An explorer claims to have found the long lost French ship Le Griffon at the bottom of Lake Michigan.
Steve Libert, from the Great Lakes Exploration Group, said he is 99.9% certain the team has discovered the vessel that sank in the 17th century in the lake after searching for it for decades.
Speaking to the Associated Press, he said the crew found debris just 120ft from the area of Lake Michigan where a wooden slab believed to be from René-Robert Cavelier, Sieur de La Salle's sunken ship was discovered last year.
Le Griffon is thought to be one of the first European ships to sail the Great Lakes. Captained by La Salle, it disappeared with six crew members on its maiden voyage in 1969, just after La Salle had disembarked.
Libert believes the slab is the bowsprit of Le Griffon, however other experts have said it could be a fishing net stake.
Libert said: "This is definitely the Griffin (sic) — I'm 99.9 percent sure it is. This is the real deal."
The team found an area about the size of a football field covered in wooden planks that could form part of a ship, including the bow, hull and sections of the mast. While they have not found any concrete evidence that the find is Le Griffon, nails, wedges and fasteners appear to be similar to those found on La Salle's ship.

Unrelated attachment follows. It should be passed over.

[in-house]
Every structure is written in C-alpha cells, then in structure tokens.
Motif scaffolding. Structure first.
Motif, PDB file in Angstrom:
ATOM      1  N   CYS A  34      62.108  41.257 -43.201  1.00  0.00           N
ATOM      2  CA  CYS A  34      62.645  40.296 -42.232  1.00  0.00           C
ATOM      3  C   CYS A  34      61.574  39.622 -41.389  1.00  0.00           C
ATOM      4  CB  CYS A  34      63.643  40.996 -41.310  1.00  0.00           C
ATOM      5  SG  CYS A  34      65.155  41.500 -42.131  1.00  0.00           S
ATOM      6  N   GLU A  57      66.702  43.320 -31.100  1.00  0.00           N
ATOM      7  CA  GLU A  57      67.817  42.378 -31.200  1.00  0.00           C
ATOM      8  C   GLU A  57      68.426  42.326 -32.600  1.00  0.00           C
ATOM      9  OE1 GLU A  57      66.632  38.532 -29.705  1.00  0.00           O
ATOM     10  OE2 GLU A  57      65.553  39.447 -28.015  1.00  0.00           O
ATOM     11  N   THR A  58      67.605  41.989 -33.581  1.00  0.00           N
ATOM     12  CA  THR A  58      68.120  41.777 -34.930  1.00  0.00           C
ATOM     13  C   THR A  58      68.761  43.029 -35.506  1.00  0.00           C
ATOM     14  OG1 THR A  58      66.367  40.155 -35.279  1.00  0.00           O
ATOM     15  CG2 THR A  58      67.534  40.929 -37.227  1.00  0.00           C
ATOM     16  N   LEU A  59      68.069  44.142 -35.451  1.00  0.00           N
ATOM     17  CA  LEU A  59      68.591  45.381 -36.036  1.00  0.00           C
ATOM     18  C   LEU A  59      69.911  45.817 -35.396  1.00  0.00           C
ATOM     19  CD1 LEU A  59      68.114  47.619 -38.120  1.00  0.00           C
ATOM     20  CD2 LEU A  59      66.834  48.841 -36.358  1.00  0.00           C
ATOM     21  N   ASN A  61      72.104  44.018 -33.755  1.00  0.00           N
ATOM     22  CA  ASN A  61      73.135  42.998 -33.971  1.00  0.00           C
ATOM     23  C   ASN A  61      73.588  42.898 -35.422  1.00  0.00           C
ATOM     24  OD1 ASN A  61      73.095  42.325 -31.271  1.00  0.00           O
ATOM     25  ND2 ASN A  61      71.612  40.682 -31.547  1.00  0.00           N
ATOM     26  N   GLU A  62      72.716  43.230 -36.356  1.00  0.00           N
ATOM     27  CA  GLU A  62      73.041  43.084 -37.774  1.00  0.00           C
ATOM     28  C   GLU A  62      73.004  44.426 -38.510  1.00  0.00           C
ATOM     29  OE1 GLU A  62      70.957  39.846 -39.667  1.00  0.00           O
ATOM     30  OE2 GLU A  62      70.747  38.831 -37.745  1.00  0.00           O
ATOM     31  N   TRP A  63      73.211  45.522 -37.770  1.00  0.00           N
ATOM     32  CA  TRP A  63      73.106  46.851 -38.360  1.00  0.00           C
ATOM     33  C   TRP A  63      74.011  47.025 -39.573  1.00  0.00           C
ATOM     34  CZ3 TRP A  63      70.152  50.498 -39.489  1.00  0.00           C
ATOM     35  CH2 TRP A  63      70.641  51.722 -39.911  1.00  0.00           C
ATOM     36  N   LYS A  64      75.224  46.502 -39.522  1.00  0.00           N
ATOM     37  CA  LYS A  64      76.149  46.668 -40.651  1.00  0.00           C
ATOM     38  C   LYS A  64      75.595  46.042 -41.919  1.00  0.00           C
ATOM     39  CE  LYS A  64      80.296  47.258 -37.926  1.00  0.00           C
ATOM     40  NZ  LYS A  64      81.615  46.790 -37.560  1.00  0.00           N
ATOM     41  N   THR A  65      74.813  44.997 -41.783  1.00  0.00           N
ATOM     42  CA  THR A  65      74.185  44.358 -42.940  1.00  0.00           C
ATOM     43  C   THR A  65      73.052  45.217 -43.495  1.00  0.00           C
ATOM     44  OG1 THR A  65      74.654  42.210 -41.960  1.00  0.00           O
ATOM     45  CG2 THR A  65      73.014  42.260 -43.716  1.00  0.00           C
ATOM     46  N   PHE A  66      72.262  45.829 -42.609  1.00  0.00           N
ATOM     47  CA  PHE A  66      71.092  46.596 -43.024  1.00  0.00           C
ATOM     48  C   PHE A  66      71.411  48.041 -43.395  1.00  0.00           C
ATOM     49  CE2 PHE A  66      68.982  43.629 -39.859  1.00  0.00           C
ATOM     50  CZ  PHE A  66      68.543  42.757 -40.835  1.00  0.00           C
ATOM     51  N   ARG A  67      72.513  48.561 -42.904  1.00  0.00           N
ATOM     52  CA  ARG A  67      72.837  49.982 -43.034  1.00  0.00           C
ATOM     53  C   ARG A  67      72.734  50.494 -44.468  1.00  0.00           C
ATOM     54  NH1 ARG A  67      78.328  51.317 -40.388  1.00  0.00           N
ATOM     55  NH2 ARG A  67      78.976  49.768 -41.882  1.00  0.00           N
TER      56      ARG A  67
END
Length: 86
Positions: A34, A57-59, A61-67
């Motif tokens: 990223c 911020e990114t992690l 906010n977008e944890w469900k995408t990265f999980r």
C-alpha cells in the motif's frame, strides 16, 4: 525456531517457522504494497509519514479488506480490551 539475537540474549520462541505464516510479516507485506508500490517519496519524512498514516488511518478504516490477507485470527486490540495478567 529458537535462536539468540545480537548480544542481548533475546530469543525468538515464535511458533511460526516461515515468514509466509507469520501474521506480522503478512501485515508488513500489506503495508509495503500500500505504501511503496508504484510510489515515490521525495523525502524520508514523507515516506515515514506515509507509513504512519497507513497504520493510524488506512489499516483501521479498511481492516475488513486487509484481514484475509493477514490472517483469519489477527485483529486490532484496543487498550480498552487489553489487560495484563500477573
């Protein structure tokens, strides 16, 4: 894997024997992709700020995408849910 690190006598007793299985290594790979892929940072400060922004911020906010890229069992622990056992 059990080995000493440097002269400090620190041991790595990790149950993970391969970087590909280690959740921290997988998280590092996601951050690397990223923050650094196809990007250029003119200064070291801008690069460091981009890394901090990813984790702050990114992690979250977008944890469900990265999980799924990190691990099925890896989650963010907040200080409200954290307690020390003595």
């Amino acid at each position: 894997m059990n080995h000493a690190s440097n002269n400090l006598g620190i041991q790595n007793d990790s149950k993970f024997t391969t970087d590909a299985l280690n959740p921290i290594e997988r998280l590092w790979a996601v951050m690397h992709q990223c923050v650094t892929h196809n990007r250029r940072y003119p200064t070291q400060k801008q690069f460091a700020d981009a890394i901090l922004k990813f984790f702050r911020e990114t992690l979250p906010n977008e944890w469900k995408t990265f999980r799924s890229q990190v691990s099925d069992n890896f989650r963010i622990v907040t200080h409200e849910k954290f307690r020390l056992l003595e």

Images of the debris have been sent to underwater archaeologists from France, who said the find was "encouraging" but that more evidence is needed to confirm the ship's identity.
Explaining why he is sure the ship is Le Griffon, Libert told IBTimes UK he has a lifetime of research to back him up. He said the bow sprit discovered last year is centuries old, and that finding a wreck field so close to it -- containing wood and iron fasteners from the 17th century -- strongly suggests it is Le Griffon.
"They were compared to that of another of LaSalle's ship's fasteners that sank in 1686 off Texas 'La Belle'," he added, noting that they bore remarkable resemblance.
Libert said he first became interested in Le Griffon when he was 14 during a history lesson about European explorers in the US.
"[My teacher] spoke of LaSalle and his ship, Le Griffon. He described the figure head as part lion and eagle. He spoke of the territory that La Salle claimed for King Louis XIV. Much of that land we know today as The Louisiana Purchase.
"My interest was piqued and suddenly [he] came up from behind me, put his right hand on my left shoulder and said, 'who knows, maybe one day someone in this room will find La Salle's ship Le Griffon'."
Libert said they are awaiting permits for further exploration of the site.
French archaeologists will head the project as the ship belongs to France:
"We expect the archaeological excavation to begin in the spring of 2015 although non-invasive probing will take place in September 2014."